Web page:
DISTRICTS ‑- FIRE PROTECTION ‑- SEWER ‑- CITIES AND TOWNS ‑- SEWER DISTRICT LIABILITY FOR FIRE PROTECTION SERVICES
RCW 52.36.020, requiring contracts for fire protection services to other municipalities, is inapplicable to municipal property situated within an incorporated city or town even though such property is adjacent to a fire protection district.
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March 18, 1976
Honorable John Cunningham
State Senator, 33rd District
Olympia, Washington 98504 Cite as: AGLO 1976 No. 19
By recent letter you have inquired regarding the applicability of RCW 52.36.020 to certain property situated within the boundaries of the incorporated city of Des Moines which is owned by a designated sewer district. For the reasons hereinafter set forth it is our opinion that this statute is inapplicable to the property in question.
As indicated in AGO 1976 No. 2 [[to John Cunningham, State Senator, on January 14, 1976]], written to you earlier this year, RCW 52.36.020 provides for the execution of contracts to cover necessary fire protection services rendered by fire protection districts to other governmental agencies. This statute reads, in material part, as follows:
"Wherever a fire protection district has been organized which includes within its area or is adjacent to, buildings and equipment, except those leased to a nontax exempt person or organization, owned by the legislative or administrative authority of a state agency or institution or a municipal corporation, the agency or institution or municipal corporation involved shall contract with such district for fire protection services necessary for the protection and safety of personnel and property pursuant to the provisions of chapter 39.34 RCW, as now or hereafter amended: . . ."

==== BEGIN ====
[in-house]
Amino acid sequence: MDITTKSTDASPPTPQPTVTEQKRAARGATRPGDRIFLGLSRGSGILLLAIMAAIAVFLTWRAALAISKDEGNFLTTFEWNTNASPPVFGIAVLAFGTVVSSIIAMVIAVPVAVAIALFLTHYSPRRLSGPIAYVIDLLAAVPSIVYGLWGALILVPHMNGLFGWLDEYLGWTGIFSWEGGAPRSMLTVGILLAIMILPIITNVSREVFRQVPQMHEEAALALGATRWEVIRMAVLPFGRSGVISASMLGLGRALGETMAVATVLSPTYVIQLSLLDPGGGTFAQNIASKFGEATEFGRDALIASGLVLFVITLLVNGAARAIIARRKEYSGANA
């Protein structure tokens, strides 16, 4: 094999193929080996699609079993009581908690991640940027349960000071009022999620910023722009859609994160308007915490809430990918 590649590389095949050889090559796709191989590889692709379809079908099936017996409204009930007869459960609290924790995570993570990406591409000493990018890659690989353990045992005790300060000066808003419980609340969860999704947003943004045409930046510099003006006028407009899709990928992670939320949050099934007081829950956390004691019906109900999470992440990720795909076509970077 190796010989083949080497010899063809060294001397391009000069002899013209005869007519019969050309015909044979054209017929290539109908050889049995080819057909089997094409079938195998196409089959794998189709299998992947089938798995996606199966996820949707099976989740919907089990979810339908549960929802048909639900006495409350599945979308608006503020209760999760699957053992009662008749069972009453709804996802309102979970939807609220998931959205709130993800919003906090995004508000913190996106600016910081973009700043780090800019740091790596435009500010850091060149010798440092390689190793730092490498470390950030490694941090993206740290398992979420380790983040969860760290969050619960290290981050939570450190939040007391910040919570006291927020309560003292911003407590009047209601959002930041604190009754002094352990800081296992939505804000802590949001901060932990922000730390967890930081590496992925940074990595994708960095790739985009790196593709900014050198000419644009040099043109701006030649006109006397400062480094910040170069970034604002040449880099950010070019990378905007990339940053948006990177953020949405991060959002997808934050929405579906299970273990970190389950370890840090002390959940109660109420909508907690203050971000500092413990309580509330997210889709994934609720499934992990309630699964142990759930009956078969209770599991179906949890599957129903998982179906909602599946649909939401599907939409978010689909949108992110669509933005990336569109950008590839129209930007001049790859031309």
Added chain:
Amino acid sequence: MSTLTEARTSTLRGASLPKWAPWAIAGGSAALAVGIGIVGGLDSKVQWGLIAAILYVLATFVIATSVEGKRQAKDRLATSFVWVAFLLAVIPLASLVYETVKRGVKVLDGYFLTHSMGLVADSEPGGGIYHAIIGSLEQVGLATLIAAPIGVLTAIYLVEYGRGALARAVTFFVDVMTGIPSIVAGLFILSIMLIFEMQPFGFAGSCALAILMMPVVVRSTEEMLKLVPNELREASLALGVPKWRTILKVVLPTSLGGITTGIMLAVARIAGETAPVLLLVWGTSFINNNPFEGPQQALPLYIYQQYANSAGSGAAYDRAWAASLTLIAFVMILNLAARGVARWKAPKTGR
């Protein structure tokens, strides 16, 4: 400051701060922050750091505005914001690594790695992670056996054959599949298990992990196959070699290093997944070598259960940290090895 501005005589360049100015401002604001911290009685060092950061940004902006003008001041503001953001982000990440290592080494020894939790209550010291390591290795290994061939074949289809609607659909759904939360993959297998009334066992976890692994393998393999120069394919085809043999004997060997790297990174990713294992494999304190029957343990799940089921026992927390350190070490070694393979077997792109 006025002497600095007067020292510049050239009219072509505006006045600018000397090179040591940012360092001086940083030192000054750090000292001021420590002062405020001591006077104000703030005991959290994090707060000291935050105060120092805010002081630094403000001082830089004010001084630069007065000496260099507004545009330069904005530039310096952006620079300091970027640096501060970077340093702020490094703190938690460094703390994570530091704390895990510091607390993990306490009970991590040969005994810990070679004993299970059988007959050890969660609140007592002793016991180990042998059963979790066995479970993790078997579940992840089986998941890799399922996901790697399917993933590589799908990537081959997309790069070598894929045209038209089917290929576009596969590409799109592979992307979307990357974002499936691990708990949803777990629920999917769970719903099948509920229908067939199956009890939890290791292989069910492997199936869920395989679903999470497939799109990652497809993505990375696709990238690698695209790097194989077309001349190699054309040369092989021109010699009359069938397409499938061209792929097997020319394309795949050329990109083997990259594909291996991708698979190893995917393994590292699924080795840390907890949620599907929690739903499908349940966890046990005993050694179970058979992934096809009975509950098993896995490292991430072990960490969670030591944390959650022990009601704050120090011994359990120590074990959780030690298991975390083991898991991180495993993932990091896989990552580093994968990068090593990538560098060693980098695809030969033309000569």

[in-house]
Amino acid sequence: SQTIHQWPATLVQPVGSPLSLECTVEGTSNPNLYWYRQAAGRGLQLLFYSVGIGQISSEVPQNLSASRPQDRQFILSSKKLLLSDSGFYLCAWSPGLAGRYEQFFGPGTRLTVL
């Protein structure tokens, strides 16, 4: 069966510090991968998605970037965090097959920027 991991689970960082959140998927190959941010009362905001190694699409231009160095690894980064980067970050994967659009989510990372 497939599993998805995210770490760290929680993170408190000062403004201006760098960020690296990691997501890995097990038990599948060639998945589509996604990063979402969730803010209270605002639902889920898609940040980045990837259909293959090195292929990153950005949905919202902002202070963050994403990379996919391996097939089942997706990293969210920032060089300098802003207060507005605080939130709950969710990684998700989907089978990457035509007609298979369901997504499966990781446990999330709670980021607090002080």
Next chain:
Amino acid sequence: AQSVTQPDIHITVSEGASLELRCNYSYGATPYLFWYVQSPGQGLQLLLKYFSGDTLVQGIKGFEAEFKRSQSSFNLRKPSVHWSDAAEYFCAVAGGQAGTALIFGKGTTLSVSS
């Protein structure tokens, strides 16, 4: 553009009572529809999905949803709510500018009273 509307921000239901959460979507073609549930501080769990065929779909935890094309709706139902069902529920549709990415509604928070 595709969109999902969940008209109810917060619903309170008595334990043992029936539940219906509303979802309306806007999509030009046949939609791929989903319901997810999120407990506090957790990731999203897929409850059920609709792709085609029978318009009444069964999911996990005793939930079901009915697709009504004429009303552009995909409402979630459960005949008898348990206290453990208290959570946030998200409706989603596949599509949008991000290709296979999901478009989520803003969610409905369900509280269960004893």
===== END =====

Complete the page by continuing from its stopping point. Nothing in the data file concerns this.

As we further explained in our prior opinion, however, no property located within an incorporated city or town can be said to be simultaneously within the boundaries of a fire protection district because of RCW 52.22.030 (quoted on page 3 of AGO 1976 No. 2), which reads as follows:
[[Orig. Op. Page 2]]
"Effective January 1, 1960, every city or town, or portion thereof, which is situated within the boundaries of a fire protection district shall become automatically removed from such fire protection district, and no fire protection district shall thereafter include any city or town, or portion thereof, within its boundaries."
According to information which you have supplied us with your present request, a certain sewer district (a municipal corporation within the meaning of RCW 52.36.020) owns two parcels of land within the city of Des Moines. One of those parcels is completely surrounded by other property within the city and thus does not physically border upon its external boundaries. The other parcel, although also situated within the city, does abut upon one of the external boundaries thereof ‑ and thus upon the common boundary of an adjacent fire protection district.
Clearly, the first of these two parcels is not covered by RCW 52.36.020,supra, because it can neither be said to be situated within a fire protection district nor to be adjacent thereto. Conversely, however, the second parcel of sewer district property described in your request, although also situated within the city (and thus, not within a fire protection district), is, according to your letter, adjacent to such a district. Thus, with respect to this parcel we are presented with a somewhat closer question.
In our opinion, however, RCW 52.36.020, supra, is inapplicable to this second parcel of sewer district property as well. We base this conclusion on so much of the statute as says that another municipality owning buildings or equipment within or adjacent to a fire protection district
". . . shall contract with such district for fire protection servicesnecessary for the protection and safety of personnel and property . . ." (Emphasis supplied.)